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Baseball’s pitchers and catchers reported for spring training in February, and the American love affair with our national pastime began anew this spring. But a new season brings a time for reflection on seasons past, and for many, that conjures up memories of some of the game’s most iconic players. Lou Gehrig is considered one of the greatest players the sport has ever seen, but his name is more frequently linked to one of its saddest chapters: Gehrig's brilliant career was tragically cut short by the debilitating neurological disease amyotrophic lateral sclerosis (ALS), more commonly known as Lou Gehrig’s disease.
Now, thanks to creative researchers and pet dogs, scientists are studying a genetically related canine disease, degenerative myelopathy (DM), to help advance medical knowledge and pioneer treatments for both disorders.
The basis for the study of canine degenerative myelopathy as a model for human ALS research began 14,000 years ago with the domestication of the dog. Fast-forward to Victorian times when selective breeding created the modern breeds we know today. Each of these “purebreds” was developed for a specific function: herding sheep, retrieving game or controlling vermin. While selective breeding practices propagated desirable traits such as intelligence, tenacity and waterproof coats, “bad” genes predisposing dogs to disease tagged along with the good ones, leading to some of the breed-linked diseases that we see and study today.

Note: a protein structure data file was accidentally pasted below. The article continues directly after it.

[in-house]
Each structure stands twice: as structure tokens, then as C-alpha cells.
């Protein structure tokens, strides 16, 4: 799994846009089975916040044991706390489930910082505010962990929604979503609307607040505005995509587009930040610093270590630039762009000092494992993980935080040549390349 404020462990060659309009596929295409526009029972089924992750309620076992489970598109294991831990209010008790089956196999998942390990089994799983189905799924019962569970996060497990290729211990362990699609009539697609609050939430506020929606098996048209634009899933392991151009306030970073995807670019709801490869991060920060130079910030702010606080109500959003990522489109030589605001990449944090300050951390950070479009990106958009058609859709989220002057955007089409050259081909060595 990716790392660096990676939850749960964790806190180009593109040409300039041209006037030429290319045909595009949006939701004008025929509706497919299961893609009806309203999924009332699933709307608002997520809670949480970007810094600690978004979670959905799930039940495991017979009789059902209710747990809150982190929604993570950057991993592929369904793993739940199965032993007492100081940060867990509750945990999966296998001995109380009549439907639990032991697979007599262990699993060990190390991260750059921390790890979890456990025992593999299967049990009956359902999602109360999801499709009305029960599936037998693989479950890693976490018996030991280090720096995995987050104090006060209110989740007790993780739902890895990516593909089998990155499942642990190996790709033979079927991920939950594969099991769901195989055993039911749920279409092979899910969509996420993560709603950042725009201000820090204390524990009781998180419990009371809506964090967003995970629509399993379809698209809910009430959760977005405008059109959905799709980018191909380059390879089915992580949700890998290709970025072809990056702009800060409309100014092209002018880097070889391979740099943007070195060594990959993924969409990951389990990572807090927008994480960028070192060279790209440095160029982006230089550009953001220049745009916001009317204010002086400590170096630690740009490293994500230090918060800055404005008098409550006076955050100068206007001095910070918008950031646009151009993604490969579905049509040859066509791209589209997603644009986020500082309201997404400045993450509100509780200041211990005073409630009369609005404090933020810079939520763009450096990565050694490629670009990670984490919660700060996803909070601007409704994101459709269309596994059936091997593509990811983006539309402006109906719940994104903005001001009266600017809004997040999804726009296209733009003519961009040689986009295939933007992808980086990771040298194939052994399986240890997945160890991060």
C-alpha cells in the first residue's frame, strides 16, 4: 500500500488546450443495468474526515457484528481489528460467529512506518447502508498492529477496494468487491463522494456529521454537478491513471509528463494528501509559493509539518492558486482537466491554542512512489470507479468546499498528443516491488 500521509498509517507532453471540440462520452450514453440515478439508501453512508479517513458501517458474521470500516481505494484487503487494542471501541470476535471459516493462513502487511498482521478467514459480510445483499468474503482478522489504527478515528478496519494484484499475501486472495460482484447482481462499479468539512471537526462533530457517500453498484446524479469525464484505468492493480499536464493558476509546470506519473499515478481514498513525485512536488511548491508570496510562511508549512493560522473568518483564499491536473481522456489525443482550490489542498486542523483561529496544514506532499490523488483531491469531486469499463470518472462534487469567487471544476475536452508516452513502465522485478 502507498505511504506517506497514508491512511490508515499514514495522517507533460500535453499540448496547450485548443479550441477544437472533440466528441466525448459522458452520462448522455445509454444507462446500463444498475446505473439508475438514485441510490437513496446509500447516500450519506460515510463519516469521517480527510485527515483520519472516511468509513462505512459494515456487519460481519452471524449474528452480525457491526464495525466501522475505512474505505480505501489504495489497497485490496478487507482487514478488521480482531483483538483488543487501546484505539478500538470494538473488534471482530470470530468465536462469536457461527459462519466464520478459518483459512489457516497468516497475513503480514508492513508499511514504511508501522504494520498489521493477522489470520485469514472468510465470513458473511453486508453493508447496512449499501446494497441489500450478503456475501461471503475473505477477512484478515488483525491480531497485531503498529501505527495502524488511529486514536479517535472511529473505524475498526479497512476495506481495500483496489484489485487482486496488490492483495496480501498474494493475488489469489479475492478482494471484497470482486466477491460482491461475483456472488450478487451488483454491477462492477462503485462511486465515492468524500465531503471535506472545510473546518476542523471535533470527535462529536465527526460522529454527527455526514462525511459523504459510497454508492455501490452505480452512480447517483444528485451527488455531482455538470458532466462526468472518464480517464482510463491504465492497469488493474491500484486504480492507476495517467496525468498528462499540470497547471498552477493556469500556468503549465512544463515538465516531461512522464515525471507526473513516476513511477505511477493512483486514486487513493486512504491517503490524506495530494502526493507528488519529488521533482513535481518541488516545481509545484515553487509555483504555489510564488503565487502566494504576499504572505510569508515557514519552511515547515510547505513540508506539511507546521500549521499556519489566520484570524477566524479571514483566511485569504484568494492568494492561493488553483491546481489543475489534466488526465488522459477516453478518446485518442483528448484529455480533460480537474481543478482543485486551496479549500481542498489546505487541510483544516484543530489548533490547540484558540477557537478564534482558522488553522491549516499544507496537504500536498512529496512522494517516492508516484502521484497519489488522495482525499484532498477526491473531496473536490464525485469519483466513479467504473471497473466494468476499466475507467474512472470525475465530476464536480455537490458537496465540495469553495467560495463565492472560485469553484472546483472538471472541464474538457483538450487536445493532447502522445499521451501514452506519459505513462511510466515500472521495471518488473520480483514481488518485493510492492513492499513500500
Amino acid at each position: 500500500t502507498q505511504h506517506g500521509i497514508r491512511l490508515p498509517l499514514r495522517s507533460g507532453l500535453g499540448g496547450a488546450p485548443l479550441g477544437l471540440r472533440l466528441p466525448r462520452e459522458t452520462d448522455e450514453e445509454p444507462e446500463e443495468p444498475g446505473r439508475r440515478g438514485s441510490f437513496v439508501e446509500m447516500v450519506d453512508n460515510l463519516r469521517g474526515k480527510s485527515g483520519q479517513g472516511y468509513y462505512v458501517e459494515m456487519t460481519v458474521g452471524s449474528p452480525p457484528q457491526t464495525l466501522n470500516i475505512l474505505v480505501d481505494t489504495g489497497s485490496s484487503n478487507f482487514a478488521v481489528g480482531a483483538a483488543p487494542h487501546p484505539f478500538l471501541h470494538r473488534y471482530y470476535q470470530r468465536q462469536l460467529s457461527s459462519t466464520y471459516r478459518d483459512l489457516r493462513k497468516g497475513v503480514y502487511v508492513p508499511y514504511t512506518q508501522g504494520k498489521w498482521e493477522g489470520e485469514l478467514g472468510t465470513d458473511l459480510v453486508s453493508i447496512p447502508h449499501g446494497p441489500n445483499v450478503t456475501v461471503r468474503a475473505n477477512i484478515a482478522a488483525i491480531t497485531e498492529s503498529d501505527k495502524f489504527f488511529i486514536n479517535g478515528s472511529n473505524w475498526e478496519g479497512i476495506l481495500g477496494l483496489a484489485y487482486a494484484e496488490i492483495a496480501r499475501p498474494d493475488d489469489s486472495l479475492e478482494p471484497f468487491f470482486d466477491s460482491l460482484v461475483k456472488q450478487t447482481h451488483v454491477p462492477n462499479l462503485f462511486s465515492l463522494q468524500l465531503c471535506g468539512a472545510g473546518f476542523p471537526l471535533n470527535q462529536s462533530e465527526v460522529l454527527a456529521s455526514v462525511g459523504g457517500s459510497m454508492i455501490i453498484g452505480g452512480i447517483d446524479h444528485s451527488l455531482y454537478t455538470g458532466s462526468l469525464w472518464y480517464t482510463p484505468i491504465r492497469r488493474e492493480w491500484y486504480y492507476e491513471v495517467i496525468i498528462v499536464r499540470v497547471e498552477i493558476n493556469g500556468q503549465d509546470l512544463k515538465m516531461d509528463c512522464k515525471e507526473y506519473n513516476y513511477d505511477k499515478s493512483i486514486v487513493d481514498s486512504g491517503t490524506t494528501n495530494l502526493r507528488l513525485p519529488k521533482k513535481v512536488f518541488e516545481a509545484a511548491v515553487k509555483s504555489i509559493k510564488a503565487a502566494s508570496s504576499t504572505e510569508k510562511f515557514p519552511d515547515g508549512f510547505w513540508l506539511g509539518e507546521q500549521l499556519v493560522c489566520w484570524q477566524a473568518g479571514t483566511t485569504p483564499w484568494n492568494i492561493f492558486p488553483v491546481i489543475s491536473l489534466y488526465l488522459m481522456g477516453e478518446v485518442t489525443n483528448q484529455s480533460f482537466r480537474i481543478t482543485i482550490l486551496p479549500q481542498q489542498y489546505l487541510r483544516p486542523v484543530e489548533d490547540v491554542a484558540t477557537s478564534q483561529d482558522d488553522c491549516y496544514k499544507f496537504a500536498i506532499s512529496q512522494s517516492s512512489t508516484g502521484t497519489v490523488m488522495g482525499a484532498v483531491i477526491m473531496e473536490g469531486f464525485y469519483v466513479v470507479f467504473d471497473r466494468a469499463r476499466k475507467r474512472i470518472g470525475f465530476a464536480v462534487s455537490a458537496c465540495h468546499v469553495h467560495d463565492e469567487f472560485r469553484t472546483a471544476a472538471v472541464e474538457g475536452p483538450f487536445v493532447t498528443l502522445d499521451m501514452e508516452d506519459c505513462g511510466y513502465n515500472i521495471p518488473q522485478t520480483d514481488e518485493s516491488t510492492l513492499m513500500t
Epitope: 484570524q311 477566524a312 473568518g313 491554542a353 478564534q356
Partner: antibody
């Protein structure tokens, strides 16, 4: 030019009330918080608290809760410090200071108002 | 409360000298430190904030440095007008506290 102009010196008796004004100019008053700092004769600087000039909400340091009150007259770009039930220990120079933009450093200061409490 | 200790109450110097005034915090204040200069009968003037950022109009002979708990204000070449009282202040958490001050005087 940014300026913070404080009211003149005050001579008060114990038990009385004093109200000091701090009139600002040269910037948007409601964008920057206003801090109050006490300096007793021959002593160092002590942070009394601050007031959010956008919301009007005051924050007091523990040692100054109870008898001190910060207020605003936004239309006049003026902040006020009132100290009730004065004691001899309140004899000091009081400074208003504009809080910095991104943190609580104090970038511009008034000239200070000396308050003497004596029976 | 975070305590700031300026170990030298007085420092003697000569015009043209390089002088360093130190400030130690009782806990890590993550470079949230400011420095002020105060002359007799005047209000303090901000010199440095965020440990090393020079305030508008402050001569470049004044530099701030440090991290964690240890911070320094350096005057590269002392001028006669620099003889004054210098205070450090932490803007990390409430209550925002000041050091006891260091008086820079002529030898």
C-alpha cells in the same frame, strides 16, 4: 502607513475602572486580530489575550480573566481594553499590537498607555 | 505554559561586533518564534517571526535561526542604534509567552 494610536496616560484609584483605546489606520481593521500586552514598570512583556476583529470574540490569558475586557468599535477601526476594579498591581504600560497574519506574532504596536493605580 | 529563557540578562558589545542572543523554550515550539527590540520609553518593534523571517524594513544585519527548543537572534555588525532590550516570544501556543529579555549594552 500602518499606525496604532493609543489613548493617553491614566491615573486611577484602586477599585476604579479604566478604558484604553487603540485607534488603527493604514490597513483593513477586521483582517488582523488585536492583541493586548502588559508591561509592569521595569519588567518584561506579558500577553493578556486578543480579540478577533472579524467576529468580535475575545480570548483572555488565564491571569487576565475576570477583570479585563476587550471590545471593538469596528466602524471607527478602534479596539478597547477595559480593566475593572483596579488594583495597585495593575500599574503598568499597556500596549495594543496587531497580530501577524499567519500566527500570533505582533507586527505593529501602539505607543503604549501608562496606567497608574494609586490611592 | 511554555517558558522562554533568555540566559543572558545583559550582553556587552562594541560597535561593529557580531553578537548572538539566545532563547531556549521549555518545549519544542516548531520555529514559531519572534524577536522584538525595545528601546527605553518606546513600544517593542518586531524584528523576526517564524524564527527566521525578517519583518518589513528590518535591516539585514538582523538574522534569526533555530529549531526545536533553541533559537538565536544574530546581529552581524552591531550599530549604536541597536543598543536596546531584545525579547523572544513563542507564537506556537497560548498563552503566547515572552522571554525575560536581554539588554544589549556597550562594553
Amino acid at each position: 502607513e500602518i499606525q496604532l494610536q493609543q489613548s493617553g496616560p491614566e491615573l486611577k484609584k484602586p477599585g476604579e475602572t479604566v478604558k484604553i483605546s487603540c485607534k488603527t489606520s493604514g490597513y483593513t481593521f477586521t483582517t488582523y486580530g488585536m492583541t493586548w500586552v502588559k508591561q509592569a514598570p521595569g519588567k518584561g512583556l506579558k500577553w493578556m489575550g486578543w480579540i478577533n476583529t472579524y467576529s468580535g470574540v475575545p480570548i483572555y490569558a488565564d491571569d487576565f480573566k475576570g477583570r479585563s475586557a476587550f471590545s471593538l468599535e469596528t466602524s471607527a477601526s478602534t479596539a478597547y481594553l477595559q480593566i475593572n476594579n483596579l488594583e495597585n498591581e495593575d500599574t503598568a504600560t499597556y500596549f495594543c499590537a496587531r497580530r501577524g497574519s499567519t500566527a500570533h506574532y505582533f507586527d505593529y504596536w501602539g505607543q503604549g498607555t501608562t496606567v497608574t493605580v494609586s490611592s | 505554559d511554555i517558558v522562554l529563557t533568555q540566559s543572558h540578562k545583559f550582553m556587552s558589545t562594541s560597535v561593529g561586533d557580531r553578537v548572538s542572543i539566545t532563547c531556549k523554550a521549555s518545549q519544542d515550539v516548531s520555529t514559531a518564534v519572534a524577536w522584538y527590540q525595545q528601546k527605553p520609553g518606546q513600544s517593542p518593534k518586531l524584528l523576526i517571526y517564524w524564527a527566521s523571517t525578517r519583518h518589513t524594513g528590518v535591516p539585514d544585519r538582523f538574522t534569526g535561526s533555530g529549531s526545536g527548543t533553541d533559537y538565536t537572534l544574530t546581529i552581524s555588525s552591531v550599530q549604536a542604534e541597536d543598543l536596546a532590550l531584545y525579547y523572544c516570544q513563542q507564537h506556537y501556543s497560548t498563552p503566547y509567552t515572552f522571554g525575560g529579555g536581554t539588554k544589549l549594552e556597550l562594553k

Veterinarians initially believed degenerative myelopathy was a disease limited to the German Shepherd breed and that it only affected the hind limbs. Additional research, however, has shown that this disease also affects such diverse breeds as the sturdy Boxer,the low-slung Pembroke Welsh Corgi, the fearless Rhodesian Ridgeback and the waterproof Chesapeake Bay Retriever.
Everyone has probably seen a dog affected by degenerative myelopathy in the dog park or on the street. Dogs with DM drag their back paws and wobble in the hind end but are otherwise pain free and enjoy playtime with their human companions.
As with ALS, a diagnosis of DM is heartbreaking for the patient’s family. Degenerative myelopathy strikes dogs in the prime of life and progresses rapidly. Most dogs become paraplegic within a year of onset of clinical signs. Small dogs who are more easily cared for after they lose hind limb function will continue to deteriorate until, similar to ALS patients, they become quadriplegic. Relentless progression of the disease robs dogs of the ability to control their bowels and bladder and, in severely affected dogs, the ability to swallow or bark.
In 2004, the final piece of the puzzle that helped sniff out the root cause of degenerative myelopathy fell into place with the sequencing of the canine genome.
Coupled with extensive canine family trees maintained by purebred dog enthusiasts such as the American Kennel Club, the canine genome can now be analyzed for clues to the cause of — and potential new treatments for — degenerative myelopathy and related disorders like ALS.
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